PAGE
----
2. Finish your degree remotely and quickly. Some universities present MS of Sports Science as online degrees which may be able to be completed in as little as nine months. Some programs are geared toward working professionals and can be done part-time. This is a great degree option for those already working in the field of sports, exercise, or fitness who want to develop their knowledge or move in a new direction. Programs typically require a bachelor’s degree from an accredited institution and GPA score. You may also find that your desired program requires you to submit your college transcripts with letters of recommendation and a statement of your professional goals.

3. Enter a quickly growing field. The employment outlook in sports, exercise, and fitness jobs is strong. According to the Bureau of Labor Statistics, job growth for athletic trainers, for example, is expected to grow 23 percent by 2026, which is more than three times the average for all U.S. occupations. Exercise physiologist jobs are also on the rise, with a 13 percent growth predicted by 2026. Graduates will find excellent job security in this dynamic field.

4. You can specialize. Some degree programs offer students the chance to focus on a particular side of the field of sports and exercise, such as administration or physiology. Even if you specialize in a concentration or pursue a particular learning track within your science program, you’ll walk away with a well-rounded education in sports and exercise.

5. Participate in research. Some MS in Sports Sciences programs give students access to state-of-the-art labs where they can gain hands-on experience assessing musculoskeletal functionality. They may also be able to participate in trials and studies that are advancing the field of sports science.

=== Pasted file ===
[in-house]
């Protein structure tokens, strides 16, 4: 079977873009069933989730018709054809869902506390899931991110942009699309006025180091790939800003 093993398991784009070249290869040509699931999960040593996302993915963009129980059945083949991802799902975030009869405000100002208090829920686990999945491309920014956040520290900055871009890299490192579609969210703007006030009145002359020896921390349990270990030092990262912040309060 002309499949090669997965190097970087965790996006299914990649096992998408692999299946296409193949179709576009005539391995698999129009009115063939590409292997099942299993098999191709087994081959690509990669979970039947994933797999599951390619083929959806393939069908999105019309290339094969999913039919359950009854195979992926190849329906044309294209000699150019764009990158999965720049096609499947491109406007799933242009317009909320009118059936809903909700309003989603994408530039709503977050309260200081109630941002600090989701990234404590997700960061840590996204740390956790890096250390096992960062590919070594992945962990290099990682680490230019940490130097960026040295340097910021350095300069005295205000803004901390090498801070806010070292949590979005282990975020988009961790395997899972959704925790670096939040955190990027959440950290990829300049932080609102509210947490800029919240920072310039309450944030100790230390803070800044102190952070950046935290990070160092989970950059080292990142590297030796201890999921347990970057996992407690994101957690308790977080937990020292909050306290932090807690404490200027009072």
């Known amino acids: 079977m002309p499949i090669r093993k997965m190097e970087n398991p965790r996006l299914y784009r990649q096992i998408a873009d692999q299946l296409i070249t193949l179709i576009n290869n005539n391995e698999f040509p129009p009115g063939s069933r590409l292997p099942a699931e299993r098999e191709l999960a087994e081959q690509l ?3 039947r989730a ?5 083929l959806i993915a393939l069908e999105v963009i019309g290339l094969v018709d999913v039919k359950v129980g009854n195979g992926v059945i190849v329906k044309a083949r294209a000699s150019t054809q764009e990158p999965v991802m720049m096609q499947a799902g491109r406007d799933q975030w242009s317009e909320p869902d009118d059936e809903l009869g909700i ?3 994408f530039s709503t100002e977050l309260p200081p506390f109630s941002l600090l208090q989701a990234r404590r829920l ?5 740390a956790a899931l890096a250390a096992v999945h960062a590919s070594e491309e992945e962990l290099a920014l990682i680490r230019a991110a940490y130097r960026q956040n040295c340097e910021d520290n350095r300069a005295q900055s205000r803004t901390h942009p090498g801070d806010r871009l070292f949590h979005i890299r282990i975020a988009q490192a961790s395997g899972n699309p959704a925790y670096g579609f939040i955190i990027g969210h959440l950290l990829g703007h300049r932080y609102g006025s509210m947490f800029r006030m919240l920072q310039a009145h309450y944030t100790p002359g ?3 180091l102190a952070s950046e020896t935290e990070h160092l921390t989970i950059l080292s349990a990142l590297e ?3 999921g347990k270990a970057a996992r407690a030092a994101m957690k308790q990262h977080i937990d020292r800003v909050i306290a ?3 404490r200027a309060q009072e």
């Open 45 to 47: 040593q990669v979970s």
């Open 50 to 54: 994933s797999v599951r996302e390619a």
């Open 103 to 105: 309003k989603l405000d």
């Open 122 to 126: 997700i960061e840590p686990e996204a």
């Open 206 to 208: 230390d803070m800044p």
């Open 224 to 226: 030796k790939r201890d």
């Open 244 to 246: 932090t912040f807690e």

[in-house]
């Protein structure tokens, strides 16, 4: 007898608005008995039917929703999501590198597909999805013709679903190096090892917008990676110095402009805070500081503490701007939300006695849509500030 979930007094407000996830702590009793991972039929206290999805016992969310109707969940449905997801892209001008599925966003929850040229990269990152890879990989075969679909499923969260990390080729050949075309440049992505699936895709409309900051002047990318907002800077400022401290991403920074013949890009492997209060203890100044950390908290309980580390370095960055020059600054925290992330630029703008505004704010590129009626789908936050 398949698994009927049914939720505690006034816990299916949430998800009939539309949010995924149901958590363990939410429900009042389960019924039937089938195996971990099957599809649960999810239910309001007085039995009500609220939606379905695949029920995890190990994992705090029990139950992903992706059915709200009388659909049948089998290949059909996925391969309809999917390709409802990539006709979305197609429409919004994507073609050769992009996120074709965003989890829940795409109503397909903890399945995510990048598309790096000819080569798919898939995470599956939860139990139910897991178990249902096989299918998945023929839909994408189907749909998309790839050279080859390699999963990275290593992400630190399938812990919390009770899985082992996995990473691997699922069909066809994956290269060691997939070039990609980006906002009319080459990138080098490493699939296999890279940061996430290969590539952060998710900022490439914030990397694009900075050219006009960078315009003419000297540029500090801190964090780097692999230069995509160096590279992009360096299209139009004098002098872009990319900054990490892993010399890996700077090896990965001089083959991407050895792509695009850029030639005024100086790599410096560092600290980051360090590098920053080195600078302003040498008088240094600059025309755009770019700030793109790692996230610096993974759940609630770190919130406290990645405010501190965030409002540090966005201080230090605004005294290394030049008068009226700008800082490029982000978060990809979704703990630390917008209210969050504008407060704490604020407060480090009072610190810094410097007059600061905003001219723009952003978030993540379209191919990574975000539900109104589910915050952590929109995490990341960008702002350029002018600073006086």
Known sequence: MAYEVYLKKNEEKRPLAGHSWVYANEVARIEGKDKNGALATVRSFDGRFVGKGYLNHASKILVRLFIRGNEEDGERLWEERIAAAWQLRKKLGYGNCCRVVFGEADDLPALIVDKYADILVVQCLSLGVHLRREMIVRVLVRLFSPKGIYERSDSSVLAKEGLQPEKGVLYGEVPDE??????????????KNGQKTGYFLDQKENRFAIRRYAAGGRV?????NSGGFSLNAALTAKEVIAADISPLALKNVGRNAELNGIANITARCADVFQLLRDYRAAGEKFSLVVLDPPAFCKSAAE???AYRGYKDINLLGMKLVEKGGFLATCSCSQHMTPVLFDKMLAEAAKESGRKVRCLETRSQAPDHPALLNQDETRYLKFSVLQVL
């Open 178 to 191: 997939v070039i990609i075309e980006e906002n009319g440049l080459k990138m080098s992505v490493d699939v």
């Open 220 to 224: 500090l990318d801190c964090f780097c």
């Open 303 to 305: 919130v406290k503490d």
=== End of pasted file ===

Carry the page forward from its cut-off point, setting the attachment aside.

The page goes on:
6. Help many types of people. An MS in Sports Sciences positions you to help the diverse range of people who take an active interest in their health and fitness. A recent Physical Activity Council report reveals that Americans of all ages are increasingly focusing on exercise, with 4.8 million more people participating in physical activity every week than compared to 2013. Those with training in sports sciences will be well positioned to tap into this increased interest, whether as a personal trainer, sports coach, exercise physiologist, and many other roles.

7. Work with top athletes. If you pursue a career as an athletic trainer or a coach, a sports science graduate degree can put you in a position to work with world-class athletes. You may be able to find roles in professional sports leagues or university athletic programs or create a career path in strength and conditioning training for elite athletes and teams.

8. Pivot to fitness. The U.S. health club industry is booming, with $87.2 billion in revenue and 174 million club members as of 2017. With an MS in Sports Sciences, you can take advantage of this growth, whether on the business or training side of the fitness industry. A specialization in sports administration, in particular, can give you insider knowledge for success in the fitness industry. BLS data indicates that athletic trainers at fitness and recreational sports centers make a median $45,970 a year, with the highest 10 percent in the field earning more than $70,750. As previously mentioned, employment prospects for this role are growing fast, with a projected 23 percent growth by 2026.

9. Position your career for growth. If you prefer to work in education, an MS in Sports Science will provide a useful credential for becoming a physical education teacher. This career path offers the reward of teaching youth the value of physical fitness and athletics and can lead to other school-based opportunities such as coaching, training student-athletes, or serving as head of an athletic department. According to PayScale, the average psychical education teacher salary is $43,175 with the potential for an average of $2,800 in bonuses.